epa06053418 A screen displays the website of the global law firm DLA Piper showing a message about a malware attack advising readers that their computer systems have been taken down as a precautionary measure due to what they describe as a serious global cyber incident, as seen from Launceston, Tasmania, 28 June 2017. Kaspersky Lab reported that the malware, despite resembling 'Petya' malware that affected computers last year, is believed to be a new type of ransomware which it labelled as 'NotPetya'. The ransomware has reportedly affected mostly Ukraine, Russia and Poland with around 2,000 cases reported in the countries. US pharmaceutical giant Merck, the world's second largest such firm, and Australia's Cadbury chocolate factory were reportedly affected, among other global companies. EPA/BARBARA WALTON
Screen displays the website of the global law firm DLA Piper showing a message about a malware attack © EPA

DLA Piper, one of the world’s biggest law firms, is still struggling with the effects of last week’s global cyber attack, with employees’ access to emails and documents severely curtailed in what insiders have called a “disaster”.

The law firm’s equipment was among the hundreds of thousands of computers hit by the ransomware attack, which occurred on June 27. It is believed to have emanated from Ukraine, with experts pointing to an update to payroll software provided by a Ukrainian accounting firm.

Cyber security analysts and western intelligence officials have said the malware was the work of a hostile state, possibly Russia.

For two days after the attack all telephones and emails at DLA Piper, which has about 3,600 lawyers in 40 countries, including in Kiev, the Ukrainian capital, were knocked out.

The firm then managed to recover some of its systems, but nine days on from the attack, it has not managed to regain complete access to emails sent or received before the ransomware struck, according to people briefed on the firm’s recovery.

Some staff are also unable to access documents directly, according to the people. However, affected staff are able to tap colleagues for help obtaining those files if required.

DLA Piper — which posted revenues of about $2.5bn in 2016, with average profit per equity partner of $1.66m — has a huge client roster. It services multinational companies, banks and other financial services providers, government ministries, media companies, energy groups, sports teams and film studios.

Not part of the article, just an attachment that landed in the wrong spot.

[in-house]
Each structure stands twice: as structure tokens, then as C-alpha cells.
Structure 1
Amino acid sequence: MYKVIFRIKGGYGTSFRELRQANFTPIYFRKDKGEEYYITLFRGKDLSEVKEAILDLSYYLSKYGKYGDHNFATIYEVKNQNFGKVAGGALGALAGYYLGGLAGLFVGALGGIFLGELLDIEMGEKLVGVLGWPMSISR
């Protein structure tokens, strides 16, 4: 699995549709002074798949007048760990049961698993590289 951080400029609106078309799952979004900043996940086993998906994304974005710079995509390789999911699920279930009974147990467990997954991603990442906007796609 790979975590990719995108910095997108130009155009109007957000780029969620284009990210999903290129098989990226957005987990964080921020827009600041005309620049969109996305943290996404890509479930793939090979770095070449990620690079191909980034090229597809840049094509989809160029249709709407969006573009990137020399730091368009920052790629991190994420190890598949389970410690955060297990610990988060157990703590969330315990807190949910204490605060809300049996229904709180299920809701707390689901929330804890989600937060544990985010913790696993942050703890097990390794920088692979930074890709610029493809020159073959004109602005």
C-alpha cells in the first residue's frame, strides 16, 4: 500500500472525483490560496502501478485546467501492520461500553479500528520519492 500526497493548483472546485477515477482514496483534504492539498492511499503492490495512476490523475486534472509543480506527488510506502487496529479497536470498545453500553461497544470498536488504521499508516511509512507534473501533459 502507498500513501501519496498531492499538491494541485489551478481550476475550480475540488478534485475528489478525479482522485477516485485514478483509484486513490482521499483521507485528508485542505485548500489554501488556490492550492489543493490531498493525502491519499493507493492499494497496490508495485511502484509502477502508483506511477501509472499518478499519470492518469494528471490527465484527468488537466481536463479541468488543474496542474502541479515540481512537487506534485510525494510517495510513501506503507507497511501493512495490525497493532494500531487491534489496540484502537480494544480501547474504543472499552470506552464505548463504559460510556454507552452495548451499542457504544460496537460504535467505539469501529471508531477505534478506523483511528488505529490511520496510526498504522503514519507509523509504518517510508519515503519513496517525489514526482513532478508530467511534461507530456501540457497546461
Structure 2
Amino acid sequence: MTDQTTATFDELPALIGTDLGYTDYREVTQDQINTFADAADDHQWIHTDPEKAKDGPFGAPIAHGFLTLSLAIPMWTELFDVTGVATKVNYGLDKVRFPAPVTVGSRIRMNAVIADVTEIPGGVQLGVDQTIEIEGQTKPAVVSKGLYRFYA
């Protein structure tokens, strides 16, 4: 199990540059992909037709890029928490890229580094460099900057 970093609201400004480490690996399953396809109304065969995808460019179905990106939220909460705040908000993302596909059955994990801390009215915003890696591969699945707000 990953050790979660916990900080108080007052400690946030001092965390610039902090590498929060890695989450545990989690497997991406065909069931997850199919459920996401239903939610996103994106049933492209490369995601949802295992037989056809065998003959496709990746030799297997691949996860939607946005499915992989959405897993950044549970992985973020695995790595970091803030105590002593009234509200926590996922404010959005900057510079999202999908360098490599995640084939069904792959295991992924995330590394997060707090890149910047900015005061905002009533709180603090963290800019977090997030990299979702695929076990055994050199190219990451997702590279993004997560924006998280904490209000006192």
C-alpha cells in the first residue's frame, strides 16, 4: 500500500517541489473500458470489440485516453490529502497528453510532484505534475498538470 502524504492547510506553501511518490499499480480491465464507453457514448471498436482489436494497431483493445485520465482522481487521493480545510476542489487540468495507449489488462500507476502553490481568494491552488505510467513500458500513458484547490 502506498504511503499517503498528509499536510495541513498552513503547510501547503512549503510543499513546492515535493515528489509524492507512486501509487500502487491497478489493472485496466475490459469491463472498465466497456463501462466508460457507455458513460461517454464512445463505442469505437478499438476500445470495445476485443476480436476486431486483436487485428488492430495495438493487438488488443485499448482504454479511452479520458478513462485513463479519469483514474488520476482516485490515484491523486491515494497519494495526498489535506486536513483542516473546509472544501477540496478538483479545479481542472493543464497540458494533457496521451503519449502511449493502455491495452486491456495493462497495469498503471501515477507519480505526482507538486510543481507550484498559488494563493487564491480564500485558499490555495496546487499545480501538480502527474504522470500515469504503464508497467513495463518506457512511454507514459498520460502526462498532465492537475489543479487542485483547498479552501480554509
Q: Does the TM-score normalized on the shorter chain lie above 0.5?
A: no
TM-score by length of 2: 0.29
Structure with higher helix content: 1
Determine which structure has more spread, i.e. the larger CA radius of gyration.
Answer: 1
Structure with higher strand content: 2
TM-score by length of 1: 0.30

Immediately after last week’s cyber attack, DLA Piper said its “advanced-warning system” had detected suspicious activity on the firm’s network, apparently related “to the global cyber event known as Petya”. It said it had contacted “leading external forensic experts and relevant authorities”, including the National Crime Agency in the UK and the FBI in the US.

On July 2, it issued a statement to say it had “brought our email safely back online, and continue to bring other systems online in a secure manner”.

On Thursday DLA Piper issued another statement to say that “it may take time to bring back all our systems” and was working with “industry professionals” to get them back online securely. “Our offices are open and we are advising clients.”

“Protecting the integrity and confidentiality of client data and removing the malware from our systems remains our critical priority,” it added.

One insider said that to the best of its knowledge the firm had not had any client information stolen.

DLA Piper, like many other law firms, offers cyber security advice and services to businesses. In a report accompanying its “flagship” 2016 European Technology Summit, the firm said: “Ongoing concerns over cyber attacks are still high among almost half of companies interviewed; yet only one quarter have response plans in place, which leaves those unprotected open to a major attack.”

It is not clear why DLA Piper was affected by the ransomware while other global law firms with a presence in Ukraine were not.

“There but for the grace of God,” said a spokesperson for a large UK firm that also has offices in Kiev.

Additional reporting by Caroline Binham

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